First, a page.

Wintersmith, by Terry Pratchett

A fantastical, mythical, magical whirl through whimsical Discworld

Bill Greenwell
Thursday 05 October 2006 00:00 BST

Wintersmith isn't a "Discworld novel", but "a story of Discworld": a Terry Pratchett story that diverges from the mainstream of his fantasy fiction, but brings with it some Discworld characters. It is also the third in a series of novels featuring a trainee witch, Tiffany Aching, first seen in The Wee Free Men.

Ostensibly, they're aimed at the teenage market, but I prefer them - their sense of space, the reduction in the number of characters. They resemble Ted Hughes's The Iron Man but are far less tendentious, and sparkle with ideas. Pratchett's cerebral cortex is hyperactive enough to power the national grid.

There are two great strands of imagination in the novel, his 35th. The first deals with superstition, and what Pratchett calls Boffo. He has witches who wear pointy hats and fly on broomsticks. But his witches know that, although their powers are real, they won't be credited unless they play along. Their powers depend on bluff. If they don't behave like traditional witches, and if they don't let rumours do the rounds about their disturbing secrets, they won't be accepted as witches at all.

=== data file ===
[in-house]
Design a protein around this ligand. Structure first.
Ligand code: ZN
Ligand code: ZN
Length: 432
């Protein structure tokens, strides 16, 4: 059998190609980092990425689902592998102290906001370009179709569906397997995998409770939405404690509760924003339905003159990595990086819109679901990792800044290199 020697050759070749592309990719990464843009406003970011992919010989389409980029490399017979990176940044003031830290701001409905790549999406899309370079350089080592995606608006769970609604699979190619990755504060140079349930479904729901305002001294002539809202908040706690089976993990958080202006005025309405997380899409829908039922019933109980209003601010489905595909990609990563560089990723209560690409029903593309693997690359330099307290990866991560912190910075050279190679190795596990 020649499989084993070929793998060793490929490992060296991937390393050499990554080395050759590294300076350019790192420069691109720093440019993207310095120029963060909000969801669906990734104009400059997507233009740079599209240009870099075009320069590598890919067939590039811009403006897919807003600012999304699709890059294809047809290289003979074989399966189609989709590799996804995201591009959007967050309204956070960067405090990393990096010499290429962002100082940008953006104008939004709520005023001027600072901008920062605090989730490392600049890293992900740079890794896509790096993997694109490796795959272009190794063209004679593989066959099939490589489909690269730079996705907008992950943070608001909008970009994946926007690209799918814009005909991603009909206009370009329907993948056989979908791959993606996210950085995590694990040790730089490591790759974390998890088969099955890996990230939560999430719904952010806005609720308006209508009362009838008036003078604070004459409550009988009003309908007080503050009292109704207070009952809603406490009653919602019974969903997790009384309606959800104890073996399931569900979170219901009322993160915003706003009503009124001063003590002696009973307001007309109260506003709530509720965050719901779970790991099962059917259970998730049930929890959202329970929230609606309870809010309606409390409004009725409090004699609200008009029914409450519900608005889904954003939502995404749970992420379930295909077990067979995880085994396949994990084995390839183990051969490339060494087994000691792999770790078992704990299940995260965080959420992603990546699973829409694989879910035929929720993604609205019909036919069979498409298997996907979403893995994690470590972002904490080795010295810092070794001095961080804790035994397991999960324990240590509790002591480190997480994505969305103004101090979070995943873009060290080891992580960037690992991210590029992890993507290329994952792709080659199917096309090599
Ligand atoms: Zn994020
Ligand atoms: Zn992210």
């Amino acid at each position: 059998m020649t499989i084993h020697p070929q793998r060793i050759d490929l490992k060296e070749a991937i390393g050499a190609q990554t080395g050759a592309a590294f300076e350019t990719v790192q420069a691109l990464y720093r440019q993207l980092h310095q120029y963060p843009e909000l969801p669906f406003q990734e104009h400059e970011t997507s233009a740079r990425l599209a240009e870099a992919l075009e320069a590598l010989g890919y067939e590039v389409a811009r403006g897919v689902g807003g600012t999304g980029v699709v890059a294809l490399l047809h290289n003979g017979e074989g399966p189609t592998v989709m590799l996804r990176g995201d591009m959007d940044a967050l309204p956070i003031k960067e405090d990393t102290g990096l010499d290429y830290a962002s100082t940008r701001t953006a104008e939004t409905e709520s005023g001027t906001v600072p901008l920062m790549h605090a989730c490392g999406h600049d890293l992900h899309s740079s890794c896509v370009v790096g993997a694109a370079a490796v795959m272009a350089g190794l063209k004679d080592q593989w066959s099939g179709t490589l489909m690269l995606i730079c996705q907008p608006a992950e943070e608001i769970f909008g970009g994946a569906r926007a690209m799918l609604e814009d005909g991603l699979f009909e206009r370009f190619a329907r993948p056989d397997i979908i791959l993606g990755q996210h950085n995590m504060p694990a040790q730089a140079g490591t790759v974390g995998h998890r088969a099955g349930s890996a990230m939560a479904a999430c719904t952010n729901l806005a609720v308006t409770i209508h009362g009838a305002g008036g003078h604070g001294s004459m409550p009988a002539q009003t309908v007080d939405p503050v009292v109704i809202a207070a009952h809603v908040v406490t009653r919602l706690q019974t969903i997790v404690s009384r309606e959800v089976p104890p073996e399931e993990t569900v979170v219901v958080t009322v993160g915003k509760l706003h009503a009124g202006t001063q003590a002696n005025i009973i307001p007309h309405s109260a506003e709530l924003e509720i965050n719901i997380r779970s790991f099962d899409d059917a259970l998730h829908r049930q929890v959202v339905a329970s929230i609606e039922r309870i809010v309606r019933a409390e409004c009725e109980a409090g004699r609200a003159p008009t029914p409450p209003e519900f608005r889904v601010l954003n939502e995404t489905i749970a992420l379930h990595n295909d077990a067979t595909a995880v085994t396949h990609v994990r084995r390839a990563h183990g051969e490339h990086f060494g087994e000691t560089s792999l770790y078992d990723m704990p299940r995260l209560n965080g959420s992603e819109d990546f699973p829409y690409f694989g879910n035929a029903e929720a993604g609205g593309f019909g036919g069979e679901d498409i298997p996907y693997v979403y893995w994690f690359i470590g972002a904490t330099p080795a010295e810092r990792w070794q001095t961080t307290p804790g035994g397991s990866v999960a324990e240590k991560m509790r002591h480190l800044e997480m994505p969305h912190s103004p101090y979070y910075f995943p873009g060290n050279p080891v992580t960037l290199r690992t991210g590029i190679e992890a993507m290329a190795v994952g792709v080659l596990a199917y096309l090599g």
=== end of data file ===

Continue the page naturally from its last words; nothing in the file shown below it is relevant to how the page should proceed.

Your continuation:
Miss Treason, to whom Tiffany is the sorceress's apprentice, has plastic webs to keep punters agog. After all, as she says, "I didn't get where I am today by wearing a woolly bobble hat and a gingham apron. I look the part." Even witches indulge in spin.

The second imaginative leap in Wintersmith has the elemental creator of storms and blizzards behaving in a comically adolescent way. The Wintersmith may be able to freeze rivers, but when he falls for headstrong Tiffany at a forbidden dance, he acts like a schoolboy with a desperate crush. He makes all snowflakes look like Tiffany; he makes icebergs in her image. What ensues is wonderful folklore, which parodies itself even as it develops. Pratchett is a great myth-raider, but he always grounds his myths in whimsy.

Light entertainment is provided by an animated cheese called Horace, and the Nac Mac Feegles, six-inch Scotsmen with a good line in vaudeville patter, prepared to give even Charon grief - they haggle over return tickets on the Styx. Pratchett is great, not because he doesn't know where to stop, but because he knows where not to stop. He packs teenage sexuality, elemental mystery, and outright panto into the same space. Wintersmith is in every sense fantastic.

Bill Greenwell's 'Impossible Objects' is published by Cinnamon

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